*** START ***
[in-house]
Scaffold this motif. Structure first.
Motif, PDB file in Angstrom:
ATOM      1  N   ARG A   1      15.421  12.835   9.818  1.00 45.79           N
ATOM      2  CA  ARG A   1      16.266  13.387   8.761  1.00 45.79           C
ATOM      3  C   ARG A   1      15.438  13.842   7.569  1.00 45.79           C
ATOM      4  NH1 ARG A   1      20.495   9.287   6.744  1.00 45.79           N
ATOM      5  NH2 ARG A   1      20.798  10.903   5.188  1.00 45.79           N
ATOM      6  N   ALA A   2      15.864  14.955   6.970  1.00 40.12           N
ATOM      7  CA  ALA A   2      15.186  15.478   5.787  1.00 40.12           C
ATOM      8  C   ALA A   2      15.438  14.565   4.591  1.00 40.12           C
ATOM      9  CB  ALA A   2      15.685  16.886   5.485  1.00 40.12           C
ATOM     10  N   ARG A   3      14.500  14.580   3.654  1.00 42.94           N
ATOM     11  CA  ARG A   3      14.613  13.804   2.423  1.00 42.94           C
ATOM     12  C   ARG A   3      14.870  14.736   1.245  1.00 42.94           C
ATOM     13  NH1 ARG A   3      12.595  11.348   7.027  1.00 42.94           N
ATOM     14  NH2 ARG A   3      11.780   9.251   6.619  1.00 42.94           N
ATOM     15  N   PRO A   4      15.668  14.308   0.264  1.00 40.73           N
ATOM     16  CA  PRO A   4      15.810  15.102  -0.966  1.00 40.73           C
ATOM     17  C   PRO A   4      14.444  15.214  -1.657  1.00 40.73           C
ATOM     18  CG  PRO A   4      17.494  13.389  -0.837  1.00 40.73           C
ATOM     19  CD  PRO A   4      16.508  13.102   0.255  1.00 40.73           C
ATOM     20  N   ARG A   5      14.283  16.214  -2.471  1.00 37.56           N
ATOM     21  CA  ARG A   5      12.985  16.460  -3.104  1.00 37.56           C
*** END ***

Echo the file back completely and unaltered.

[in-house]
Scaffold this motif. Structure first.
Motif, PDB file in Angstrom:
ATOM      1  N   ARG A   1      15.421  12.835   9.818  1.00 45.79           N
ATOM      2  CA  ARG A   1      16.266  13.387   8.761  1.00 45.79           C
ATOM      3  C   ARG A   1      15.438  13.842   7.569  1.00 45.79           C
ATOM      4  NH1 ARG A   1      20.495   9.287   6.744  1.00 45.79           N
ATOM      5  NH2 ARG A   1      20.798  10.903   5.188  1.00 45.79           N
ATOM      6  N   ALA A   2      15.864  14.955   6.970  1.00 40.12           N
ATOM      7  CA  ALA A   2      15.186  15.478   5.787  1.00 40.12           C
ATOM      8  C   ALA A   2      15.438  14.565   4.591  1.00 40.12           C
ATOM      9  CB  ALA A   2      15.685  16.886   5.485  1.00 40.12           C
ATOM     10  N   ARG A   3      14.500  14.580   3.654  1.00 42.94           N
ATOM     11  CA  ARG A   3      14.613  13.804   2.423  1.00 42.94           C
ATOM     12  C   ARG A   3      14.870  14.736   1.245  1.00 42.94           C
ATOM     13  NH1 ARG A   3      12.595  11.348   7.027  1.00 42.94           N
ATOM     14  NH2 ARG A   3      11.780   9.251   6.619  1.00 42.94           N
ATOM     15  N   PRO A   4      15.668  14.308   0.264  1.00 40.73           N
ATOM     16  CA  PRO A   4      15.810  15.102  -0.966  1.00 40.73           C
ATOM     17  C   PRO A   4      14.444  15.214  -1.657  1.00 40.73           C
ATOM     18  CG  PRO A   4      17.494  13.389  -0.837  1.00 40.73           C
ATOM     19  CD  PRO A   4      16.508  13.102   0.255  1.00 40.73           C
ATOM     20  N   ARG A   5      14.283  16.214  -2.471  1.00 37.56           N
ATOM     21  CA  ARG A   5      12.985  16.460  -3.104  1.00 37.56           C